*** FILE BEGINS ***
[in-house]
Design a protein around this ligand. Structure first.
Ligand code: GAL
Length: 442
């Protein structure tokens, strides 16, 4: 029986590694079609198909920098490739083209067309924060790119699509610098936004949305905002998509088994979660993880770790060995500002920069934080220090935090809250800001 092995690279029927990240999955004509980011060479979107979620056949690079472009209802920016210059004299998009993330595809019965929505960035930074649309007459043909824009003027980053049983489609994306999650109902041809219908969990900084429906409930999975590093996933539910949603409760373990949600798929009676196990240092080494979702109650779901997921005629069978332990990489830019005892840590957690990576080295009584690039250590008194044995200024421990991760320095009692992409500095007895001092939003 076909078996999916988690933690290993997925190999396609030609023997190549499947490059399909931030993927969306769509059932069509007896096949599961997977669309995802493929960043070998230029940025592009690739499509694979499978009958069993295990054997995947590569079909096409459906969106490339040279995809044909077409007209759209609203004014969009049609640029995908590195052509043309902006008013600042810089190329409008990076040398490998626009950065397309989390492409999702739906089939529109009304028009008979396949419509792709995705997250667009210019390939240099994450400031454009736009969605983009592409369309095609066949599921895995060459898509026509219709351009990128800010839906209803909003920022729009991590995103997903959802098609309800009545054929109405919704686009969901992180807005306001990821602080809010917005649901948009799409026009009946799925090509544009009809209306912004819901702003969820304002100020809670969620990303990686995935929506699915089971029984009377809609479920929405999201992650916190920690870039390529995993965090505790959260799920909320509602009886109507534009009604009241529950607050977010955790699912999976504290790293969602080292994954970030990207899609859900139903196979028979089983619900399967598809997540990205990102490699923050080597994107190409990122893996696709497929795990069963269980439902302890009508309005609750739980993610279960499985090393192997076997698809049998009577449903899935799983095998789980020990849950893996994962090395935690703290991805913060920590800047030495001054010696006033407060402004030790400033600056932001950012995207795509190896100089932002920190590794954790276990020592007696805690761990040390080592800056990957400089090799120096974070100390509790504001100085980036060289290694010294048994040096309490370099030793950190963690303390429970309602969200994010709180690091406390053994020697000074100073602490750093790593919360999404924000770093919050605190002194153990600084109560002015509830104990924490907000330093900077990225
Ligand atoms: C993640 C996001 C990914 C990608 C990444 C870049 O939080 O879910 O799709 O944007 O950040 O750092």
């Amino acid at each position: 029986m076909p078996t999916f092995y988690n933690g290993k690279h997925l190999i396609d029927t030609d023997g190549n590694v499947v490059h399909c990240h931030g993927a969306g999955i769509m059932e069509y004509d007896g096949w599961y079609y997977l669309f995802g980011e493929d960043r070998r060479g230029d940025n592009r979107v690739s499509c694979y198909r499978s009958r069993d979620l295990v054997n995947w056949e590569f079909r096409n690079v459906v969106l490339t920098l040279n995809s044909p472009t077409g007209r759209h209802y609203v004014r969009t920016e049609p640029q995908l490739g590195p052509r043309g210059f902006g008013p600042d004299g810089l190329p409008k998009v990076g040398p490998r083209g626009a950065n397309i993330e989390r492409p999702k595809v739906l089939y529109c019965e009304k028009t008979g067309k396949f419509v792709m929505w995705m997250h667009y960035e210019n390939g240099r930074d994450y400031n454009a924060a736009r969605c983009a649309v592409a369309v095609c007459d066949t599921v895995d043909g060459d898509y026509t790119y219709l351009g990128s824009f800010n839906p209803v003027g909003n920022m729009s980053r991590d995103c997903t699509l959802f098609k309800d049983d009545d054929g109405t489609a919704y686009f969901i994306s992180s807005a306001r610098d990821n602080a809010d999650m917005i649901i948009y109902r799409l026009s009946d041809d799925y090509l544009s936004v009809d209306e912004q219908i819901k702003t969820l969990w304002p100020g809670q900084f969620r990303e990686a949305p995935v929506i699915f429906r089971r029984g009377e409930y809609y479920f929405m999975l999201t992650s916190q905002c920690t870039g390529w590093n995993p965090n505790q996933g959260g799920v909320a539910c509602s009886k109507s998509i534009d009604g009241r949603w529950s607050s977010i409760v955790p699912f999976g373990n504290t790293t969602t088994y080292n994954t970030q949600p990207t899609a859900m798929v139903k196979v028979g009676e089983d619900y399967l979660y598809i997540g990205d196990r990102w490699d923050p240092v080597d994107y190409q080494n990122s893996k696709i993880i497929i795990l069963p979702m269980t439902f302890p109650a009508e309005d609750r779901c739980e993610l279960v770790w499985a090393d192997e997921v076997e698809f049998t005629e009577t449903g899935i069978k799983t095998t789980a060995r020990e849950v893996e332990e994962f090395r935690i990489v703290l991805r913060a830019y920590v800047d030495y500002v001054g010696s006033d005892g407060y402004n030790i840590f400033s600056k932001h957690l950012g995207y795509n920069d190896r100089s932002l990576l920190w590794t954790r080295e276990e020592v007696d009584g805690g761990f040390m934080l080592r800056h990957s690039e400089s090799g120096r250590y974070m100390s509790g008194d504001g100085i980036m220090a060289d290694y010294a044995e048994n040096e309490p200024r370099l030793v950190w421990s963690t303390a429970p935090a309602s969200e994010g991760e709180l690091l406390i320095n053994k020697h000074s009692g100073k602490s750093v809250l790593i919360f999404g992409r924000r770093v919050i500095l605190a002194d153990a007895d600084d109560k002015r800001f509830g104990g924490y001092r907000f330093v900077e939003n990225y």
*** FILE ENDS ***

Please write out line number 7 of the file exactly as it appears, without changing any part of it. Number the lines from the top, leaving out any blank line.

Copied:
């Amino acid at each position: 029986m076909p078996t999916f092995y988690n933690g290993k690279h997925l190999i396609d029927t030609d023997g190549n590694v499947v490059h399909c990240h931030g993927a969306g999955i769509m059932e069509y004509d007896g096949w599961y079609y997977l669309f995802g980011e493929d960043r070998r060479g230029d940025n592009r979107v690739s499509c694979y198909r499978s009958r069993d979620l295990v054997n995947w056949e590569f079909r096409n690079v459906v969106l490339t920098l040279n995809s044909p472009t077409g007209r759209h209802y609203v004014r969009t920016e049609p640029q995908l490739g590195p052509r043309g210059f902006g008013p600042d004299g810089l190329p409008k998009v990076g040398p490998r083209g626009a950065n397309i993330e989390r492409p999702k595809v739906l089939y529109c019965e009304k028009t008979g067309k396949f419509v792709m929505w995705m997250h667009y960035e210019n390939g240099r930074d994450y400031n454009a924060a736009r969605c983009a649309v592409a369309v095609c007459d066949t599921v895995d043909g060459d898509y026509t790119y219709l351009g990128s824009f800010n839906p209803v003027g909003n920022m729009s980053r991590d995103c997903t699509l959802f098609k309800d049983d009545d054929g109405t489609a919704y686009f969901i994306s992180s807005a306001r610098d990821n602080a809010d999650m917005i649901i948009y109902r799409l026009s009946d041809d799925y090509l544009s936004v009809d209306e912004q219908i819901k702003t969820l969990w304002p100020g809670q900084f969620r990303e990686a949305p995935v929506i699915f429906r089971r029984g009377e409930y809609y479920f929405m999975l999201t992650s916190q905002c920690t870039g390529w590093n995993p965090n505790q996933g959260g799920v909320a539910c509602s009886k109507s998509i534009d009604g009241r949603w529950s607050s977010i409760v955790p699912f999976g373990n504290t790293t969602t088994y080292n994954t970030q949600p990207t899609a859900m798929v139903k196979v028979g009676e089983d619900y399967l979660y598809i997540g990205d196990r990102w490699d923050p240092v080597d994107y190409q080494n990122s893996k696709i993880i497929i795990l069963p979702m269980t439902f302890p109650a009508e309005d609750r779901c739980e993610l279960v770790w499985a090393d192997e997921v076997e698809f049998t005629e009577t449903g899935i069978k799983t095998t789980a060995r020990e849950v893996e332990e994962f090395r935690i990489v703290l991805r913060a830019y920590v800047d030495y500002v001054g010696s006033d005892g407060y402004n030790i840590f400033s600056k932001h957690l950012g995207y795509n920069d190896r100089s932002l990576l920190w590794t954790r080295e276990e020592v007696d009584g805690g761990f040390m934080l080592r800056h990957s690039e400089s090799g120096r250590y974070m100390s509790g008194d504001g100085i980036m220090a060289d290694y010294a044995e048994n040096e309490p200024r370099l030793v950190w421990s963690t303390a429970p935090a309602s969200e994010g991760e709180l690091l406390i320095n053994k020697h000074s009692g100073k602490s750093v809250l790593i919360f999404g992409r924000r770093v919050i500095l605190a002194d153990a007895d600084d109560k002015r800001f509830g104990g924490y001092r907000f330093v900077e939003n990225y």